A report released yesterday by Oxfam International documents how more than 22,000 people in Uganda were evicted to make way for a carbon offset tree plantation established by a London-based firm called New Forests Company. While this is not a REDD project, it provides an early warning of how “standards” and “safeguards” can be willfully ignored.
New Forests Company (NFC) was formed in 2004. The company now has projects covering a total of 90,000 hectares in Uganda, Tanzania, Mozambique and Rwanda. Investors in the company include the Agri-Vie Agribusiness Fund, which in turn is backed by the World Bank’s private sector lending arm, the International Finance Corporation and the European Investment Bank. The Hongkong and Shanghai Banking Corporation (HSBC) owns about 20% of NFC and has a seat on its board. These investors have social and environmental standards to which NFC should comply.
Oxfam’s report, “The New Forests Company and its Uganda Plantations”, can be downloaded here (pdf file 208.7 KB). The story has been reported in The Guardian, The New York Times, The Wall Street Journal and on AlJazeera.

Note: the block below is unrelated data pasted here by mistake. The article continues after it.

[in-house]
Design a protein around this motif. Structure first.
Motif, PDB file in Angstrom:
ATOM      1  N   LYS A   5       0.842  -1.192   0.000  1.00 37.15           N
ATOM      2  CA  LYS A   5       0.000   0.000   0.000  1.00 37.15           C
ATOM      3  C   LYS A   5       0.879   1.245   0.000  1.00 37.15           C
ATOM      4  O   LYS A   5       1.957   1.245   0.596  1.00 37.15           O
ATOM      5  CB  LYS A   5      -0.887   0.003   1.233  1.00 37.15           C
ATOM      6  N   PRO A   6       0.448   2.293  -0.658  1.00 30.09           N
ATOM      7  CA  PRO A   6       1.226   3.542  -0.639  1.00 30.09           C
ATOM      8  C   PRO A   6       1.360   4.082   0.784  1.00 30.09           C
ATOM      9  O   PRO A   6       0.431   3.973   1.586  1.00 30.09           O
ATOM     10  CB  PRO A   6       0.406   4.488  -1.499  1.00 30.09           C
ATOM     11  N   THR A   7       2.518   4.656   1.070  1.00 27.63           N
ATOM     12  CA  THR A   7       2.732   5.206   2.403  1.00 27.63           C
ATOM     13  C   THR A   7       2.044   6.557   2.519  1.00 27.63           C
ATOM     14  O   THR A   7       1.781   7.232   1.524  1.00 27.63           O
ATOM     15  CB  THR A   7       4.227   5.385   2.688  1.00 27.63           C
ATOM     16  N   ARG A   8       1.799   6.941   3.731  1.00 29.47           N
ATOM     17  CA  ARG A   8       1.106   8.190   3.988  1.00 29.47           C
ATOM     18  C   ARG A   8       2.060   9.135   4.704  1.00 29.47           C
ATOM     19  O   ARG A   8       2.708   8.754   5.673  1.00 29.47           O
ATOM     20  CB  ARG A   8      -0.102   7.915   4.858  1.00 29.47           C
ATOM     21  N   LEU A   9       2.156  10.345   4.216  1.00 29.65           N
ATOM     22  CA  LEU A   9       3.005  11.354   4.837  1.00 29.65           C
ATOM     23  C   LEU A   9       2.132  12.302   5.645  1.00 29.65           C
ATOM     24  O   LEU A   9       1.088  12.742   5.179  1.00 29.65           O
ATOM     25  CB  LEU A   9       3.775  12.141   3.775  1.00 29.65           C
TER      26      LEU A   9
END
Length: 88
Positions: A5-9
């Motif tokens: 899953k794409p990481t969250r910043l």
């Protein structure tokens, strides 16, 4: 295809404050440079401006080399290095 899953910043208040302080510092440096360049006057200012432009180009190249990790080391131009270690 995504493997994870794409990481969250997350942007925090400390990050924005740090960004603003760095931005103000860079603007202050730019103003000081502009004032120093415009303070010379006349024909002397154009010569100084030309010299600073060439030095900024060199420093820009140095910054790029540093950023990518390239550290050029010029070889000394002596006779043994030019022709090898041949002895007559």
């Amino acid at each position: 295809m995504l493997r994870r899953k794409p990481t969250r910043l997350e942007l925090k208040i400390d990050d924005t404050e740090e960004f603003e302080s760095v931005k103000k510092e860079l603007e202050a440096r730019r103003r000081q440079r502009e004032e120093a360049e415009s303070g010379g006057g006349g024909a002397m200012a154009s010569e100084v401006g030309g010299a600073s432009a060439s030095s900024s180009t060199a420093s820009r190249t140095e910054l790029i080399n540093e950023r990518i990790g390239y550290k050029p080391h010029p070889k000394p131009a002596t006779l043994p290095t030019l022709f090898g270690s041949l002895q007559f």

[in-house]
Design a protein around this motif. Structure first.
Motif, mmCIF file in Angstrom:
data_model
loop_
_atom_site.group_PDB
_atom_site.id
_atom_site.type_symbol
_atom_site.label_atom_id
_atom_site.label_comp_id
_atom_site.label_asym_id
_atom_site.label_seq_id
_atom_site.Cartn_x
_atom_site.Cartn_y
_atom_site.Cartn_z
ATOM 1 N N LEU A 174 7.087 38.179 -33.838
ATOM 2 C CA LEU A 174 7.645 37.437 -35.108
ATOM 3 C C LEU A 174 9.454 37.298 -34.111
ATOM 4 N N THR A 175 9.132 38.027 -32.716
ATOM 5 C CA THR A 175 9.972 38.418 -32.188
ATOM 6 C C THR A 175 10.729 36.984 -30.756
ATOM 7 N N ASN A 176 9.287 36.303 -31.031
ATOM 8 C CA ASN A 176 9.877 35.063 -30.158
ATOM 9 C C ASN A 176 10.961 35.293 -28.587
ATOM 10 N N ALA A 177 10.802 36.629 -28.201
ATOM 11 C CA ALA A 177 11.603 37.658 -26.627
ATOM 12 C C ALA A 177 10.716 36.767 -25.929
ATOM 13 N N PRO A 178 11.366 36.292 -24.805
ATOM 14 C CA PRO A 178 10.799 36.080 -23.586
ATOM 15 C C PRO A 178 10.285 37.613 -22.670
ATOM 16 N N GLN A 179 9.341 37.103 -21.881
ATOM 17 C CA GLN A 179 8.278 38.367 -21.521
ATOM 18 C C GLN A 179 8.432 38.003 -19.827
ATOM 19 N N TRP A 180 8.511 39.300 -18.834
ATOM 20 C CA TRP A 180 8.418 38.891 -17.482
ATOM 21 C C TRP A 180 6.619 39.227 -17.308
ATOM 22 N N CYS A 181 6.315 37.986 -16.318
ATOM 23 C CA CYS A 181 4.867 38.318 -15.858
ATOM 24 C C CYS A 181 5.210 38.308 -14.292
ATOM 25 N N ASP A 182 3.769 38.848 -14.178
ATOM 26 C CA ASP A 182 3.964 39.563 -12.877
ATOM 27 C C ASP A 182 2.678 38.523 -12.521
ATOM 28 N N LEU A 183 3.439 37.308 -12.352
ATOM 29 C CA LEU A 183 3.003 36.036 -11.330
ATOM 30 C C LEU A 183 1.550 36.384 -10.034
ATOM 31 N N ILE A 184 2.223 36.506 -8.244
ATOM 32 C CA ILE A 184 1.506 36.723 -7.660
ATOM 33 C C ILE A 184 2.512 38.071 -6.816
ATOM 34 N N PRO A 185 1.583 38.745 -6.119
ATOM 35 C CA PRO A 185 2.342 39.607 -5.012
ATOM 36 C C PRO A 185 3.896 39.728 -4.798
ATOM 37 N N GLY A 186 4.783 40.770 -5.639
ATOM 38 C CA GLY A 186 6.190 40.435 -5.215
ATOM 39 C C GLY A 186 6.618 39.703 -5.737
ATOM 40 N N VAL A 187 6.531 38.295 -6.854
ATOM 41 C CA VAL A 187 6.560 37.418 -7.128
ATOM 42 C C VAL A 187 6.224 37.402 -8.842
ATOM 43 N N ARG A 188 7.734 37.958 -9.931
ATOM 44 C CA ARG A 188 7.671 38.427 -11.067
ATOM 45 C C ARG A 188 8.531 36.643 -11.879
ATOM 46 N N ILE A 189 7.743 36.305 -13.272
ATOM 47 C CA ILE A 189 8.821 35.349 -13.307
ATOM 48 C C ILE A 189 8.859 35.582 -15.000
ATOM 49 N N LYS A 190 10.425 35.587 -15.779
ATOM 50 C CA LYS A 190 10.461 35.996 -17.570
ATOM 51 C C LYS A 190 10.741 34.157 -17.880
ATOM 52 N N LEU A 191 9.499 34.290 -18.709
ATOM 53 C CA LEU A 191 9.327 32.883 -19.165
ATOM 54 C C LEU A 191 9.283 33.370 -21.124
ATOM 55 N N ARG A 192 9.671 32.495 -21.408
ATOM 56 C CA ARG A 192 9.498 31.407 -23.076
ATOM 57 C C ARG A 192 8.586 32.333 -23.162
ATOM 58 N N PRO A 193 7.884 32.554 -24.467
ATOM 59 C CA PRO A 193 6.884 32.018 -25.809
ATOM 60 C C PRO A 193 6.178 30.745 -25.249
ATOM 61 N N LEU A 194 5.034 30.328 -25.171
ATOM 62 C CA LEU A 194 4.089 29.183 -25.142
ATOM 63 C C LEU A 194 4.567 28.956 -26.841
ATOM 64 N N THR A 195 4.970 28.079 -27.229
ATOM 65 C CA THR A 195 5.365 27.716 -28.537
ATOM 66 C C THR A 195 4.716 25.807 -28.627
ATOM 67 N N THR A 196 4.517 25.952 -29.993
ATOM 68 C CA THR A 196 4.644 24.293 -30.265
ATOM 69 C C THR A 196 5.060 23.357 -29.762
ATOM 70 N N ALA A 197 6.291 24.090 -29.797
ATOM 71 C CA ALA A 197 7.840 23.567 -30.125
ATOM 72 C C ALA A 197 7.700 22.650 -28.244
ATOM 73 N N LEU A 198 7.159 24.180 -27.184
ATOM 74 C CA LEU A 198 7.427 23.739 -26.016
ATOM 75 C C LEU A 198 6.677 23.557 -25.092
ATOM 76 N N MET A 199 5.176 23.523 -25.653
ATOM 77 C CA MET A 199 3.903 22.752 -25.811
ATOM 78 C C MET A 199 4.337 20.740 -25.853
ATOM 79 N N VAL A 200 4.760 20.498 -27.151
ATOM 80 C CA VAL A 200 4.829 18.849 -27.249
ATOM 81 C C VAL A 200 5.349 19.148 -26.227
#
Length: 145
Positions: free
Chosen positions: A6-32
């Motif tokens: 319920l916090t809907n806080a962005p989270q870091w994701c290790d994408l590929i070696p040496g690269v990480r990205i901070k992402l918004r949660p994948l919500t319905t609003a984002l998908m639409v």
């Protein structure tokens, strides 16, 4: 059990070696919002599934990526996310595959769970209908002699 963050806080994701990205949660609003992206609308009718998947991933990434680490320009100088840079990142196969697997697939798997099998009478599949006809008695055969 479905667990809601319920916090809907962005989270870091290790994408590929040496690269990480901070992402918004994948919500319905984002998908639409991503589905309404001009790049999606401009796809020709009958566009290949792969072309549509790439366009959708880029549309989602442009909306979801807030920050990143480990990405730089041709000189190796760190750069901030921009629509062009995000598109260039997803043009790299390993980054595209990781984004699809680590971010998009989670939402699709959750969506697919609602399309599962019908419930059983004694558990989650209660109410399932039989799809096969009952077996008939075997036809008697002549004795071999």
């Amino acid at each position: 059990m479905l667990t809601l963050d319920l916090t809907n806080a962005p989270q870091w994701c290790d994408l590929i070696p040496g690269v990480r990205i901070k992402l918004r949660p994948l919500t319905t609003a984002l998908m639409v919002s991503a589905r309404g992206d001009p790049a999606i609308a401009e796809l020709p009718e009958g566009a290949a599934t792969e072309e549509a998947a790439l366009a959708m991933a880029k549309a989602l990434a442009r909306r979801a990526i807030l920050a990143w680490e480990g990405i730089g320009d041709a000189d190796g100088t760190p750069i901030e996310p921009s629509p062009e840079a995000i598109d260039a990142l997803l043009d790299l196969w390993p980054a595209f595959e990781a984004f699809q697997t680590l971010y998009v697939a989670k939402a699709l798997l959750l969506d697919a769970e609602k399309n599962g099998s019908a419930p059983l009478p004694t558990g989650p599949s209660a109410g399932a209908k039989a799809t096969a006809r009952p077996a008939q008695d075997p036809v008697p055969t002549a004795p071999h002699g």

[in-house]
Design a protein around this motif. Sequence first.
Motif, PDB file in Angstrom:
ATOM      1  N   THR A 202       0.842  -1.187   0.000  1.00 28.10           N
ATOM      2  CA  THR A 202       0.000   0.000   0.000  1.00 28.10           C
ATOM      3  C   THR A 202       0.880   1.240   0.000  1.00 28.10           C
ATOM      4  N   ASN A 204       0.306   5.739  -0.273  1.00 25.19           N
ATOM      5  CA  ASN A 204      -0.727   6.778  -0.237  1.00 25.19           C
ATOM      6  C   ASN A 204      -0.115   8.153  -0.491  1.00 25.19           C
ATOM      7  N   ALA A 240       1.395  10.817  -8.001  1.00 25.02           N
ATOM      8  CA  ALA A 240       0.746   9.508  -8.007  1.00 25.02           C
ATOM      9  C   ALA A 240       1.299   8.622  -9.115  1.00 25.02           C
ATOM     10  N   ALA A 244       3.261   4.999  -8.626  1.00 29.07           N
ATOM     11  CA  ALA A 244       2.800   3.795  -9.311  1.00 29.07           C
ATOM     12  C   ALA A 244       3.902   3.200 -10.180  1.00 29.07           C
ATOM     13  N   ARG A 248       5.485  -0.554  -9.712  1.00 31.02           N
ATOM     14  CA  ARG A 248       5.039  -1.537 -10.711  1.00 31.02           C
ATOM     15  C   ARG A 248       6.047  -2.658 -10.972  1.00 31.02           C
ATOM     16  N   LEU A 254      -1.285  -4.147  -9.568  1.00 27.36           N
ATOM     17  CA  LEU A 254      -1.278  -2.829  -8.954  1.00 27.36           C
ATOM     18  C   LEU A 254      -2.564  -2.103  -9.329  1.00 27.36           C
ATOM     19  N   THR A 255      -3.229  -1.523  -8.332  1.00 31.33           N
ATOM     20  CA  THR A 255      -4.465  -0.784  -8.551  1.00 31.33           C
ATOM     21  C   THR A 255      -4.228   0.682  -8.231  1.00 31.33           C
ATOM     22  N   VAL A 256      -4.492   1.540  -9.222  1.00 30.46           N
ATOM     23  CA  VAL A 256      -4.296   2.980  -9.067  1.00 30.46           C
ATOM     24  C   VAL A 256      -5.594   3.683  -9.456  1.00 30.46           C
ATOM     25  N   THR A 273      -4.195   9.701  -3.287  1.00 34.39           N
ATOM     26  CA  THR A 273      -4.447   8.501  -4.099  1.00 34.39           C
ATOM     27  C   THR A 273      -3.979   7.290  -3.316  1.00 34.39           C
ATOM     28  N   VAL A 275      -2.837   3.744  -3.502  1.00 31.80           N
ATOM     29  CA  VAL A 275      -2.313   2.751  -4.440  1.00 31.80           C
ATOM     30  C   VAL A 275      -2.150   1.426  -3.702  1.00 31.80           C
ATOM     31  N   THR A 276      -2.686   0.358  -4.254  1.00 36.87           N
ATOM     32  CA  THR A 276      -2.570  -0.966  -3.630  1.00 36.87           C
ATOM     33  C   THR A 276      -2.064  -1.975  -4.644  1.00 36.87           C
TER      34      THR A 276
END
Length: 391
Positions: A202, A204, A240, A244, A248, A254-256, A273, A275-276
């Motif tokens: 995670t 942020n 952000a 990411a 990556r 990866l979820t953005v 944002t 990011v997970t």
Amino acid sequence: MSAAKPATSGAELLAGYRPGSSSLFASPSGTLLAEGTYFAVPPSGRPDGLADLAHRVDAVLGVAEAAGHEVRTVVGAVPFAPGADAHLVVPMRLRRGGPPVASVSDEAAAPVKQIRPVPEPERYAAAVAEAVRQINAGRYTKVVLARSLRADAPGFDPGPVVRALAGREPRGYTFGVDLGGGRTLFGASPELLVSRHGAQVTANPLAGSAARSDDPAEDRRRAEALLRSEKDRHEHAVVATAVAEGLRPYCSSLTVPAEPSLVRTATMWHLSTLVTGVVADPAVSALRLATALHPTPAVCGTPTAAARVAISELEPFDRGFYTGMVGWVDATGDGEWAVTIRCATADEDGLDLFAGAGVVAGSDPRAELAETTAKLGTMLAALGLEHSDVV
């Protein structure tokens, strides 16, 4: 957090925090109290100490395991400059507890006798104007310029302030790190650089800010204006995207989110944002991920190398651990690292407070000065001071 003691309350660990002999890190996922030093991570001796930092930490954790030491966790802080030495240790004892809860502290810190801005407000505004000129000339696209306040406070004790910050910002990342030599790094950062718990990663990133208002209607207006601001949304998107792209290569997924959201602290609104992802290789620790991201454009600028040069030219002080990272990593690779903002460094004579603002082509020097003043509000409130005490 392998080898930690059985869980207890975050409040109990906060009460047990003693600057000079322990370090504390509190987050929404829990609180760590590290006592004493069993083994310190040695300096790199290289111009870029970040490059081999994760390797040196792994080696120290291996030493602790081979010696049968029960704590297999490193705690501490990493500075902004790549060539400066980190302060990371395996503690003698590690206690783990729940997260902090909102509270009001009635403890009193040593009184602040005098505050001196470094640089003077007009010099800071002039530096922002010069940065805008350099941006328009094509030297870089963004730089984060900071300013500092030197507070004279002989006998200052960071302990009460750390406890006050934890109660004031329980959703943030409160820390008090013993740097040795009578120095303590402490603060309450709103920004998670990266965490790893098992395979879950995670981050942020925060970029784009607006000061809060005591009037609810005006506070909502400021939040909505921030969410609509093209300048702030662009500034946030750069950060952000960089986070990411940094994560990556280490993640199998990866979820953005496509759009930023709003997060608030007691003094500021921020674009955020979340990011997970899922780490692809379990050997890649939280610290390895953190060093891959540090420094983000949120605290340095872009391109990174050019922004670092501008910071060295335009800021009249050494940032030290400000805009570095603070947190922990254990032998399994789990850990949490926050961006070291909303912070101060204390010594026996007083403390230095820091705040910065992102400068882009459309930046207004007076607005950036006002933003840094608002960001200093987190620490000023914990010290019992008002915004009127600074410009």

NFC has been certified under the Forest Stewardship Council since 2009 – despite the fact that less than two months after the certificate was awarded, more than 10,000 villagers petitioned Uganda’s Lands Minister to stop NFC from evicting them from their land.
This is a company that, at least superficially, appears to be doing all the right things. Oxfam describes FSC as “the global gold standard for forestry best practice”, yet Oxfam’s report found that about 22,500 people were evicted to make way for NFC’s plantations. None of them has received any compensation.
NFC denies that so many people were evicted and denies that company employees were involved in the evictions, instead blaming the Ugandan authorities for the evictions.
The problems are serious. Oxfam International’s report, written by Kate Geary and Matt Grainger states that,